The Great Place to Work institute says trust, pride and camaraderie are the universal foundations of a great workplace, adding that management competence is also important to employees, as are “workplace basics” (for example, providing the proper work equipment).
A festive, inclusive community is central to what makes the World’s Best great, says Great Place to Work global managing director Ann Nadeau about the survey findings.
“Company communities that are friendly, fair and fun not only fuel employee perceptions that their workplaces are great, but foster better business results."
Some workplaces offer services you’d expect from a resort, such as gymnasiums, pools, bars, physical and mental wellbeing classes – plus luxuriously appointed wet areas – as part of the end-of-trip experience
Design for better engagement
Initiatives such as flexible work practices are a new workplace norm to some. But some modern-thinking workplaces go further. For example, they might offer to pay for staff to work at volunteer organisations during business hours. Funding tuition, or providing sabbatical programs which reward a length of stay with additional annual leave, are other perks organisations may offer.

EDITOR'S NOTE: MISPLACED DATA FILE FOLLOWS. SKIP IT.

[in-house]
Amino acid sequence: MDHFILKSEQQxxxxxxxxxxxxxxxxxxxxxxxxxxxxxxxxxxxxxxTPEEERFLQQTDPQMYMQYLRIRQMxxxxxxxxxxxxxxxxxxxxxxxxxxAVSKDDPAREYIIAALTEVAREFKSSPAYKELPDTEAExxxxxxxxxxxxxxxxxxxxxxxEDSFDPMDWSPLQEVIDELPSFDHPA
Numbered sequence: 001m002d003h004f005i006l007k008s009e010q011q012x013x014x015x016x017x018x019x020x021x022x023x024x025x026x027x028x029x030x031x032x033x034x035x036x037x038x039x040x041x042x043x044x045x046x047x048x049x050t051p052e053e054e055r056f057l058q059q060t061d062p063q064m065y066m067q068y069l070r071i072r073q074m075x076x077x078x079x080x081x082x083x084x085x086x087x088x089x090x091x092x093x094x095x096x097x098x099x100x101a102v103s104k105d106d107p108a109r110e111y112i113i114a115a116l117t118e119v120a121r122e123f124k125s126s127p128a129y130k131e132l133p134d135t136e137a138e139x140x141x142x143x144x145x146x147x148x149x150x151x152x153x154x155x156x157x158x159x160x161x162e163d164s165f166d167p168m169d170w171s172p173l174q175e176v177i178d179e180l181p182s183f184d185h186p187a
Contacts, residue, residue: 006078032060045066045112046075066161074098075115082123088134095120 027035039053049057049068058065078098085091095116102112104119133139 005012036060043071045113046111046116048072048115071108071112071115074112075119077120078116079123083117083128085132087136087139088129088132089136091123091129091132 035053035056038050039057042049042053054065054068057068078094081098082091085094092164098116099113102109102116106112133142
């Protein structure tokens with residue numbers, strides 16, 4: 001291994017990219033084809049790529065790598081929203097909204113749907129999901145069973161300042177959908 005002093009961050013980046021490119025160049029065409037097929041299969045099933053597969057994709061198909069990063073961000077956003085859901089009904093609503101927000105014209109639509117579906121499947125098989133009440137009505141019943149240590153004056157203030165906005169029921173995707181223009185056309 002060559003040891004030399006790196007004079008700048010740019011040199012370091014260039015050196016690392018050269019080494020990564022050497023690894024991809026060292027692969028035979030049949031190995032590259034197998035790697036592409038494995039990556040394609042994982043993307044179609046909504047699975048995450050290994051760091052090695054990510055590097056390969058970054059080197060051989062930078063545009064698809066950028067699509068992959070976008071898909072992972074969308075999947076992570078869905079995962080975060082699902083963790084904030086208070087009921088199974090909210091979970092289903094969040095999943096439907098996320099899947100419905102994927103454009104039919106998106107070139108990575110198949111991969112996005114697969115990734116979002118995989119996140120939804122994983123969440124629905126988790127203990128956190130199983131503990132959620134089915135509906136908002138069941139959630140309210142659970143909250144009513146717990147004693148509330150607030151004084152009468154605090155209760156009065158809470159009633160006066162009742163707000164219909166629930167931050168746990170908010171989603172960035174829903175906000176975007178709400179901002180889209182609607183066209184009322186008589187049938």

The institute notes that Millennials have a highly social character that likes teamwork and a sense of community.
Human resource consultancy Aon Hewitt believes managers who are responsible for workplace design are focusing on some of these trends.
Its business metric, the Global Employee Engagement Index, showed workplace engagement rose globally in 2016, despite a volatile economic backdrop.
“The concept of employee engagement is often confused with satisfaction or happiness. However, the true definition is deeper in meaning,” AON Hewitt says in its 2016 Trends in Global Employee Engagement report. “Employee engagement is defined as the level of an employee’s psychological investment in their organisation."
The survey measures employee engagement from millions of responses from more than 1000 global organisations across 60 countries.
AON survey indicates success